Thursday, April 9, 2009

Can you scrum on your own?

An interesting question posed by Peter Bell at this year's SPA conference. His premise was that some of the lean and agile approaches can be equally applicable when you are THE team. He called his approach Solo Scrum.

Peter identified a couple of scenarios where he felt that 'Solo Scrum' could be appropriate:
  • A full time developer doing open source development part-time
  • A solo consultant developing applications for non-technical clients
  • A 'work at home' contractor managing multiple clients
Clearly working on your own brings a number of challenges (note that I didn't say problems!) which need to be considered when working on your own. I think that probably one of the biggest challenges to overcome, (and this is based on personal experience), is to try and avoid too many distractions within the 'home' work area. The second challenge is that of loneliness! In the many (professional) development projects that I have worked, talking to colleagues has been a great way of confirming your thoughts for a solution or helping to find a way through a problem. When you are on your own, this isn't possible, or is it? However the use of technology can certainly help (think of IM, email, VOIP (with video)) and it can certainly be seen as 'virtual' pair programming. This isn't a new idea (see here); however, there is still the problem of finding a suitable 'pair' to link up with.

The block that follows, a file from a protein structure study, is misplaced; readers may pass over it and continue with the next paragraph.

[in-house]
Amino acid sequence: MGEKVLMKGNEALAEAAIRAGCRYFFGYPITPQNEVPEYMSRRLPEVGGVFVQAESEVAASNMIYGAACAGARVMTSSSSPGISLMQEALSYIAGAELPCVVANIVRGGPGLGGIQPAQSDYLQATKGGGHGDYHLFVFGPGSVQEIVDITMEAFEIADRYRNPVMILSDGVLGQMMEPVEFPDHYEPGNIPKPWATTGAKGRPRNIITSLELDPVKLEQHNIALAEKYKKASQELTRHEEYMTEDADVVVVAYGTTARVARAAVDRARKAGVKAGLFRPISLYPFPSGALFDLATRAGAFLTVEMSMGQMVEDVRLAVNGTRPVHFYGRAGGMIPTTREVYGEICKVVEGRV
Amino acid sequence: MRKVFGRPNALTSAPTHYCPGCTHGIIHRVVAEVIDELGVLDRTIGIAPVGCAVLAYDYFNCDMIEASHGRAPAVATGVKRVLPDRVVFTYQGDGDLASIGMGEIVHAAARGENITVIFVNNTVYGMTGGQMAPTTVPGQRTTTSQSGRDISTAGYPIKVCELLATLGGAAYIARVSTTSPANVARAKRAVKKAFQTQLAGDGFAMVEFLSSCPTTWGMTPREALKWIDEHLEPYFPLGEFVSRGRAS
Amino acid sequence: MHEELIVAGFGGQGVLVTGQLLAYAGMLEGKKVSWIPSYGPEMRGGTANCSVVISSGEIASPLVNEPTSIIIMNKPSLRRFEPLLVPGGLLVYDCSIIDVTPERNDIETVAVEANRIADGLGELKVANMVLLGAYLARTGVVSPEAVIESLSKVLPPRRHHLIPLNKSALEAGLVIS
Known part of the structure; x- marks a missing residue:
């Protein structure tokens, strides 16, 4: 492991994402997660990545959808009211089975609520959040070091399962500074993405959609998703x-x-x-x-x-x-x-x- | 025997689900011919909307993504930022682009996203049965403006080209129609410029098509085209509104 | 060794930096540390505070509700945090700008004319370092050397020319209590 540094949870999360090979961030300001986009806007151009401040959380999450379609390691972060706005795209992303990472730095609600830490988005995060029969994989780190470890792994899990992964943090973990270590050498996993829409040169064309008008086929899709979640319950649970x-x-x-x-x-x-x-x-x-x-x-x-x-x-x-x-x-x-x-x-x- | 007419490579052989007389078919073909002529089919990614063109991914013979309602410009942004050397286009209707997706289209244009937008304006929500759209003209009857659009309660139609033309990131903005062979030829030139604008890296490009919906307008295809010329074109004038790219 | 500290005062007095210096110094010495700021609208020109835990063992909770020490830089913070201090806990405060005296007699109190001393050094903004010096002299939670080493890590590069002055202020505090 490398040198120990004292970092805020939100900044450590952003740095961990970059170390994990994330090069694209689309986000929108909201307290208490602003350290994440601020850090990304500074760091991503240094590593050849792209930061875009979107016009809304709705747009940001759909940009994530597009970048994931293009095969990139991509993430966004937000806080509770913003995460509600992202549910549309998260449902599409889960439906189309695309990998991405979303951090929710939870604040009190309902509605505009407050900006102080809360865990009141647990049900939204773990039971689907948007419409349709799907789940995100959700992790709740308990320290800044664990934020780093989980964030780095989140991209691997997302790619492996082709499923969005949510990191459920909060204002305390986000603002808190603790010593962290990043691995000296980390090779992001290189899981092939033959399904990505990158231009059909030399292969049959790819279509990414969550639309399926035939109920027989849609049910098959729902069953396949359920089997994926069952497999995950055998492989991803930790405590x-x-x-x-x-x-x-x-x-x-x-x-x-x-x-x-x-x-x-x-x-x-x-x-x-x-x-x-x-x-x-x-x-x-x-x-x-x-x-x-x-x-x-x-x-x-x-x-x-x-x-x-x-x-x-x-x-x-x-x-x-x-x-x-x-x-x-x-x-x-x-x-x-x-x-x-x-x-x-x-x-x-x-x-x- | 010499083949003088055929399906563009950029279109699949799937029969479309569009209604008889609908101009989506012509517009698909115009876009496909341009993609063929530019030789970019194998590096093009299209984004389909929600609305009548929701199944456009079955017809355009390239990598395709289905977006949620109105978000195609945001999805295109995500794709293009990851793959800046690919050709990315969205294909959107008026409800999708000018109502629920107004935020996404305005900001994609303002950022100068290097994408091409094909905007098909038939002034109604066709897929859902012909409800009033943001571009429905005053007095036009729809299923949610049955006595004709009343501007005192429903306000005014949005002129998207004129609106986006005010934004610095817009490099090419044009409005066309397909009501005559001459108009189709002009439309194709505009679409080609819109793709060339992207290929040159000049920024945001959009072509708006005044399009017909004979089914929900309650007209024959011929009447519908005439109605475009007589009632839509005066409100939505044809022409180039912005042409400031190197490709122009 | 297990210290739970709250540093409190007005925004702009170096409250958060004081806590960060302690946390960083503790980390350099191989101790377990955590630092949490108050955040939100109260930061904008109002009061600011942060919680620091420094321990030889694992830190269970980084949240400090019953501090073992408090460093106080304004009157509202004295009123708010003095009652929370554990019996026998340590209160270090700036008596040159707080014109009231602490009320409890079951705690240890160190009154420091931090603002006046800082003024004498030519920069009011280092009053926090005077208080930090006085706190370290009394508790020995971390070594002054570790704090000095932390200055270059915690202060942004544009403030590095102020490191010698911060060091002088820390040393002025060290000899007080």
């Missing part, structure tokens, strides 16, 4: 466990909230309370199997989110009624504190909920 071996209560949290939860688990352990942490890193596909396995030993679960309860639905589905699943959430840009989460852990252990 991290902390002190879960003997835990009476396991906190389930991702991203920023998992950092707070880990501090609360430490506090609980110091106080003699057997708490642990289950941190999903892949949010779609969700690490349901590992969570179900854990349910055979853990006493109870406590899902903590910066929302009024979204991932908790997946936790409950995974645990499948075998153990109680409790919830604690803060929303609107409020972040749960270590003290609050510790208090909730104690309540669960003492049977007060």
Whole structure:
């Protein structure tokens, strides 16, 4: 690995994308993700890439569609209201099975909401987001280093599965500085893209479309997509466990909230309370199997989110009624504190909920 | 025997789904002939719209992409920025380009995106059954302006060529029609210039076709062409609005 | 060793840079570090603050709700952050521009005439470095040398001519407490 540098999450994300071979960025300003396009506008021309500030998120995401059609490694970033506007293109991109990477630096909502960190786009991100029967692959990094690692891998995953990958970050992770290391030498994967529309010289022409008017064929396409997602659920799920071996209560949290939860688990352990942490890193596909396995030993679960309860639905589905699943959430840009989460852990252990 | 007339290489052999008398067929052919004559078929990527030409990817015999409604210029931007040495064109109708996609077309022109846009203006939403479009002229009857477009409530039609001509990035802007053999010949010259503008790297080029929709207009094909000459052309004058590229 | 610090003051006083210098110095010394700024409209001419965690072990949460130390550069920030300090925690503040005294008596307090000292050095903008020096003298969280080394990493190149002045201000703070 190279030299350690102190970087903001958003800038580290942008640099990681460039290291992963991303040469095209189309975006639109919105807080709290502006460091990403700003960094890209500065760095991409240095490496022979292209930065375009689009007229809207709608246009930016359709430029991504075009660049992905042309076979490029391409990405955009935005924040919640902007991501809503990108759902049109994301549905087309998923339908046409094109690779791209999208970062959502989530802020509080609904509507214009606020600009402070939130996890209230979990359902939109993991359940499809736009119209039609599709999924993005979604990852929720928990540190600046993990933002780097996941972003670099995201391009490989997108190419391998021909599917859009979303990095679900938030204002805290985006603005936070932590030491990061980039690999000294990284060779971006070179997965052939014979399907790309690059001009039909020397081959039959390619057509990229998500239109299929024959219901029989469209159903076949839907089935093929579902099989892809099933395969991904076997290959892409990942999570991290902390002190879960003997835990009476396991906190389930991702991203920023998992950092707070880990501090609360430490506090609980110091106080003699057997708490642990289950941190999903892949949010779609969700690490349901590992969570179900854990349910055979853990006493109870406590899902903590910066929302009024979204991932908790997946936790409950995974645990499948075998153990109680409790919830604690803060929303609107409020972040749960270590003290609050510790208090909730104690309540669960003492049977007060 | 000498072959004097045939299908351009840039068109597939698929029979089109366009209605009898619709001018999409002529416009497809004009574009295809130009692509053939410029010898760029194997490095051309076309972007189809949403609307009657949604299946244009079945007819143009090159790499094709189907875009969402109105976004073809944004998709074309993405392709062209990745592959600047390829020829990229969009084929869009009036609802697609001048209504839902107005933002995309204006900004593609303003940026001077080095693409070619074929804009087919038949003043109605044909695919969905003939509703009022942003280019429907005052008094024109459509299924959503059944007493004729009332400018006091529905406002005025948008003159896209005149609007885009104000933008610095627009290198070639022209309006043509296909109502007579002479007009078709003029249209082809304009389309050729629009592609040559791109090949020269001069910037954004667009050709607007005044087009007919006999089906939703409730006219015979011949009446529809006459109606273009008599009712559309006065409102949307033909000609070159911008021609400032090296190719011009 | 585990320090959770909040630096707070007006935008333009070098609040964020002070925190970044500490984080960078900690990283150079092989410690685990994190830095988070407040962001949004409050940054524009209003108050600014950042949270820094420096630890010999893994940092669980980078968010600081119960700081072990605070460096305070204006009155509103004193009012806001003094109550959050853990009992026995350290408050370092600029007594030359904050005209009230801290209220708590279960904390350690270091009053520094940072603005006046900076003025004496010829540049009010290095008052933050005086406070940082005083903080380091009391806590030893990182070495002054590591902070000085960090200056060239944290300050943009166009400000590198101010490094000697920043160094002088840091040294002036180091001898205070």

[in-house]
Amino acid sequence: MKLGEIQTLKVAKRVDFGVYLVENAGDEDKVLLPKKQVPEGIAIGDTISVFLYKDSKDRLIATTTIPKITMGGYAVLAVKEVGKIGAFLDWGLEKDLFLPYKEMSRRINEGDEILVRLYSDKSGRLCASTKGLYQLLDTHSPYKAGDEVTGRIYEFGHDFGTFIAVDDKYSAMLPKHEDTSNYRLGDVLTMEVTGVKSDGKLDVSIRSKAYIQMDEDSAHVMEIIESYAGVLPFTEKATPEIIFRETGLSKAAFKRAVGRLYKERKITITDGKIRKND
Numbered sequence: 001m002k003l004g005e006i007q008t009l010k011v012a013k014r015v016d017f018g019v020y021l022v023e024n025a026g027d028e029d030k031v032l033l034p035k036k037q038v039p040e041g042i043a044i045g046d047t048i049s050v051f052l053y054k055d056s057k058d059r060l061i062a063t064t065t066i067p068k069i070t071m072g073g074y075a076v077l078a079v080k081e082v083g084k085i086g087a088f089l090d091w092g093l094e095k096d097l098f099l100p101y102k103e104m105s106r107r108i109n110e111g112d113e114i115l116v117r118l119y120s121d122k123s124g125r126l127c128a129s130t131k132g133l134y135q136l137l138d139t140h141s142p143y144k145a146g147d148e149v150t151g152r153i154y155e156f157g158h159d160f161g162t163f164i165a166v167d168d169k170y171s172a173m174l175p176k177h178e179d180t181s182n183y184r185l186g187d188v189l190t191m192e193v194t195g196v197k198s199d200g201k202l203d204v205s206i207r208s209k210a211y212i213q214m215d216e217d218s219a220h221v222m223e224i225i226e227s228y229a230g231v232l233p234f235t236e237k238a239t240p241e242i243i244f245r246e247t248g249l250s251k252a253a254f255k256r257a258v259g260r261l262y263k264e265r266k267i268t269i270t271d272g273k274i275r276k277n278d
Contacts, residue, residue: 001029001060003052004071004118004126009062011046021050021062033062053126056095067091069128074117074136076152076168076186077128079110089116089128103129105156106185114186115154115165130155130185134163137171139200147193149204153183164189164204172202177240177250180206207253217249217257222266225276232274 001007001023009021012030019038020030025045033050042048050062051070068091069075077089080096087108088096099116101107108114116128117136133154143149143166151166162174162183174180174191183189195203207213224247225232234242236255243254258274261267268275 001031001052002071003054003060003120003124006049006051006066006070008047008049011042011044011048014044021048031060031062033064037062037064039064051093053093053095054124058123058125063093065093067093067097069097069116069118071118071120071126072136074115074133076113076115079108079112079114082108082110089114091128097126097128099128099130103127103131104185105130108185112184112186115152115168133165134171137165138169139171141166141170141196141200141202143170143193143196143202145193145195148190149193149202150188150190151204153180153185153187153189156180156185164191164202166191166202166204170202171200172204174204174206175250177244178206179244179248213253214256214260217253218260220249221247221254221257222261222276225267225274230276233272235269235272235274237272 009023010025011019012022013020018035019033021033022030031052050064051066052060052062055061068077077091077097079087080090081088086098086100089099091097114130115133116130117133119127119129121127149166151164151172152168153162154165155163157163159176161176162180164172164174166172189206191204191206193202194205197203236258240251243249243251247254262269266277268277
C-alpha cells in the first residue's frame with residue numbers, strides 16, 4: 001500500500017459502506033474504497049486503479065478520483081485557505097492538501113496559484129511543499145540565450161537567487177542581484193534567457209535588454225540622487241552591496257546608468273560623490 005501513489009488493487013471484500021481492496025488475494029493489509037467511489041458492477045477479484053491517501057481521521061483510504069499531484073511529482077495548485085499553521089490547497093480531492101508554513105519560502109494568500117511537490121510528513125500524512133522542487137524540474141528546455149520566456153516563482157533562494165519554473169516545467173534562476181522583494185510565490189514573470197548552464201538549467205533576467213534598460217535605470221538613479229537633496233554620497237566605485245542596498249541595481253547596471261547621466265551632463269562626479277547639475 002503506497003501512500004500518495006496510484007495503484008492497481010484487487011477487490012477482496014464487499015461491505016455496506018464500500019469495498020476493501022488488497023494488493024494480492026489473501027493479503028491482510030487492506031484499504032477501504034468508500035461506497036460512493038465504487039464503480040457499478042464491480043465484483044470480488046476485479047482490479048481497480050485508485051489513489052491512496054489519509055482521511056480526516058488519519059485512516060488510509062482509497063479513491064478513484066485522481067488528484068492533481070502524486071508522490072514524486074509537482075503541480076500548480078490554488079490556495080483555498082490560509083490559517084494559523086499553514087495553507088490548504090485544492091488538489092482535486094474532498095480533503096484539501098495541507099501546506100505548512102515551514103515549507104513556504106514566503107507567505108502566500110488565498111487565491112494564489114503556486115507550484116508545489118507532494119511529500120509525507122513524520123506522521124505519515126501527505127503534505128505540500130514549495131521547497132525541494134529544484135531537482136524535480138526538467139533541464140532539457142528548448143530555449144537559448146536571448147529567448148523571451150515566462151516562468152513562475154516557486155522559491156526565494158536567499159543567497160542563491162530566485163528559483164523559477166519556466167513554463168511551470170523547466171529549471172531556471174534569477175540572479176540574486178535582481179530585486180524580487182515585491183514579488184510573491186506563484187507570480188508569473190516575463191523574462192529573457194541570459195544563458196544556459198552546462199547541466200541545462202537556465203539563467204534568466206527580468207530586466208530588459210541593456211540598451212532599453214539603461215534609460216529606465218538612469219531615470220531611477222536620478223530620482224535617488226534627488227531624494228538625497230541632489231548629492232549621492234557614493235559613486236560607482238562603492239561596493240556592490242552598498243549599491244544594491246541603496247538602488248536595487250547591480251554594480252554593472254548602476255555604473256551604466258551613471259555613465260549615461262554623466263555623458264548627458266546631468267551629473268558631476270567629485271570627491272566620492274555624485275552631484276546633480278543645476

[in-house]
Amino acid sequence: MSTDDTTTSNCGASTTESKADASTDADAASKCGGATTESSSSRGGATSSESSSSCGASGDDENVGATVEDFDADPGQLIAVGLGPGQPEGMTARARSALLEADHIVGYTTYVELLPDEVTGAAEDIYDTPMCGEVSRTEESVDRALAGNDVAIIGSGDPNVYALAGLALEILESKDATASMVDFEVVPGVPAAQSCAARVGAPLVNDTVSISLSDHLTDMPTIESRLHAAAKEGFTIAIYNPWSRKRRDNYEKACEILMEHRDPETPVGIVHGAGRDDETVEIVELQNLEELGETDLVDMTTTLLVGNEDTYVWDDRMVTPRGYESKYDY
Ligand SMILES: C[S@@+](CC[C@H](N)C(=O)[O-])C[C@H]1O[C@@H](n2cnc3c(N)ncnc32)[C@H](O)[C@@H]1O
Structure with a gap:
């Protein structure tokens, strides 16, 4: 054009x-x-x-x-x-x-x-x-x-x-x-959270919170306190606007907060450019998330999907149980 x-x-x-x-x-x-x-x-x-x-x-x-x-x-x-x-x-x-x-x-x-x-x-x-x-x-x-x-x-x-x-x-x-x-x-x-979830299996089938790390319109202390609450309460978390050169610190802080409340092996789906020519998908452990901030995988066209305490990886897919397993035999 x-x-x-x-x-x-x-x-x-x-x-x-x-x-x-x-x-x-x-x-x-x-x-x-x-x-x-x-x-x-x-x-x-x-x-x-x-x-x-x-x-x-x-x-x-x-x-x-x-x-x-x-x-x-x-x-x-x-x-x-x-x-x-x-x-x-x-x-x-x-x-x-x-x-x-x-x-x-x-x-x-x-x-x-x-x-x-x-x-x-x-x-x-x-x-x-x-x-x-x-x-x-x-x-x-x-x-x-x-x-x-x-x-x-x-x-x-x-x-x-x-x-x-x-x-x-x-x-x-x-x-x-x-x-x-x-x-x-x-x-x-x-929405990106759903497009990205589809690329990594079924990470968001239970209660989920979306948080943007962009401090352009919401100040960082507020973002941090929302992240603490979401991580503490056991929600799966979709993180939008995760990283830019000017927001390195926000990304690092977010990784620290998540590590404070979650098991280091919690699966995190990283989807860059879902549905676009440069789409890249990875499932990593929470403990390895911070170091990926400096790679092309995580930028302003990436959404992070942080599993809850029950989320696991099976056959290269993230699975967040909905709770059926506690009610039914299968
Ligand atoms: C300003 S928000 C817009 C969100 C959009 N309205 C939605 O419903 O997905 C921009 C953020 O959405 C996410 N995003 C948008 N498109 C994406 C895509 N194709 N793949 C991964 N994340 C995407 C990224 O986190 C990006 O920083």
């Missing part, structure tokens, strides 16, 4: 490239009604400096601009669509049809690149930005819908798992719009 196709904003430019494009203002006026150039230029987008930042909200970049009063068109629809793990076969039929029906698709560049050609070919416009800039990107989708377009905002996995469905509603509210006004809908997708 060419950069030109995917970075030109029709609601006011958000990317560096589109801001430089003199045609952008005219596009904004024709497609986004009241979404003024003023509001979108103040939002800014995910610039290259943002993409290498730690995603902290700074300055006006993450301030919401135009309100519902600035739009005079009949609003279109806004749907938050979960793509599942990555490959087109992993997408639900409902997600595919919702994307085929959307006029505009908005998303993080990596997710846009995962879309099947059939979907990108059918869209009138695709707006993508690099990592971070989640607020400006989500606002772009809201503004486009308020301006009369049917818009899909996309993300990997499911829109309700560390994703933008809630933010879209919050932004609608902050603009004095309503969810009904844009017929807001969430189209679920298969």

The traditional problems of planning don't go away when working on your own (as I said at the session 'Fail to plan, plan to fail'). Working on your own necessitates an efficient process for planning and managing the plan (a bit more than the 'back of an envelope' note). There are a number of Eclipse plugins (e.g. mylyn) which offer the right balance in terms of monitoring the work activity without distracting from the task-at-hand.

Some interesting ideas were discussed, including the observation that many team collaboration software packages often includes a free version for a small team (where small can be up to 5). This can overcome a often heard comment which was that I don't have the time/experience/etc to set up a 'professional' development environment (the minimum being a source control system, an IDE and a bug tracking system) from scratch.

Peter has now started a Google group to further the debate. I will watch with interest.